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Is Criminal Damage to Property a Felony Offense in Wisconsin?

Broadly defined, criminal damaging is when someone destroys another person's property without the owner's consent. In Wisconsin, if a person commits this offense, they could be charged with either a misdemeanor or a felony. The specifics of the circumstances determine the level of charge.

When Is Criminal Damaging a Misdemeanor?

Suppose Beth and her friends are out one night. They see that their neighbor's house is empty, and they throw rocks at the windows, breaking them. Neither Beth nor her friends had permission to destroy the windows. Therefore, they are charged with misdemeanor criminal damaging.

Wisconsin Statute § 943.01(1), specifically defines criminal damaging as a misdemeanor when a person:

  • Acts intentionally, and
  • Destroys the physical property of another
  • Without that person's consent

Because of their actions, Beth and her friends could be charged with a Class A misdemeanor. The penalties for this level include imprisonment for up to 9 months and/or a fine of up to $10,000.

In the example with Beth and her friends, the property destroyed was the windows of their neighbor's home, but criminal damaging is not limited to that done to houses. Any personal property is covered under the law.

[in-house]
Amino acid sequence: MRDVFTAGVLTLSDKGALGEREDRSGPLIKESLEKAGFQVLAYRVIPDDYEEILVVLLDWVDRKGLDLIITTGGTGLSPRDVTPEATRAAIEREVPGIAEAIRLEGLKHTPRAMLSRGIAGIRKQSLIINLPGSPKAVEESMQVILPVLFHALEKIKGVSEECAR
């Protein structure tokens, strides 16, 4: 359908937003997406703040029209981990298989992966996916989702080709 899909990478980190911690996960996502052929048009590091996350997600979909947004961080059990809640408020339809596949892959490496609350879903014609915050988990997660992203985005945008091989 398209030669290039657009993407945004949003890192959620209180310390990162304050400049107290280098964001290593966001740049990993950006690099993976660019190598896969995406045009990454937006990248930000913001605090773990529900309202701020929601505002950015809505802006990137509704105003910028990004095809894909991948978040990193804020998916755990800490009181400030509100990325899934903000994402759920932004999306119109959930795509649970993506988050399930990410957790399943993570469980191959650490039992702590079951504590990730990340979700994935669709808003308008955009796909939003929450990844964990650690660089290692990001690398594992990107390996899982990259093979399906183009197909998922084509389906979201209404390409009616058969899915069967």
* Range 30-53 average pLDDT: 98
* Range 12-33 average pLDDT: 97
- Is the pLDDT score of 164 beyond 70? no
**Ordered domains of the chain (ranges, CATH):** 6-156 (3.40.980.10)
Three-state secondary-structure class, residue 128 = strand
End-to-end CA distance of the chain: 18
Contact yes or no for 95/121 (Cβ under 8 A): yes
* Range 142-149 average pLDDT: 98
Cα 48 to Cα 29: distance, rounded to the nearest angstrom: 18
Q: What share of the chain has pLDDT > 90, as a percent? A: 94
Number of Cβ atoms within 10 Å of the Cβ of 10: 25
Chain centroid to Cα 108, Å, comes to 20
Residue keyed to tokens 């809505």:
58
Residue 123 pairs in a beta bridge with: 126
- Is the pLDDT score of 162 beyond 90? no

When Is Criminal Damaging a Felony?

Destruction to certain types of property elevates the charge from a misdemeanor to a felony. For instance, say Beth and her friends busted the windshield of a public bus, rendering it inoperable. This conduct would result in a felony charge because the damage caused the bus to be out of service.

However, the destruction of the bus's windshield is just one example of felony criminal damaging.

A person could also face this charge if they damage:

  • A vehicle or public highway, which can cause injury to others or further destruction
  • A public utility or common carrier, and the destruction impairs services
  • The property of a juror because they agreed with a verdict or indictment in a case
  • An item and its value is reduced by $2,500 (the reduction is determined by how much it costs to repair or replace the object)
  • State-owned land
  • An archaeological site with carvings or paintings on immobile rock surfaces

In these situations, criminal damaging is a Class I felony. The conviction penalties include a maximum prison sentence of 3 years, 6 months and/or a fine of up to $10,000.

The following circumstances also result in Class I felony charges:

  • The property damage was a plant or material used to grow a plant and the plant was to be used to feed animals or for commercial purposes
  • The property damaged was a machine that operates with paper or plastic currency, the purpose of the destruction was to steal the money, and the damage decreased the object’s value by between $500 and $2500

Criminal damaging could also be elevated to a Class H felony when the property damaged belonged to an energy provider, and the alleged perpetrator destroyed it to disrupt goods or services.

The penalties for a Class H conviction include imprisonment for up to 6 years and/or a fine of up to $10,000.

Are you facing a criminal charge in Milwaukee? Get over 20 years of legal experience fighting for you by calling the Law Offices of Christopher J. Cherella at (414) 882-8382 or filling out an online contact form. Your initial case consultation is free.

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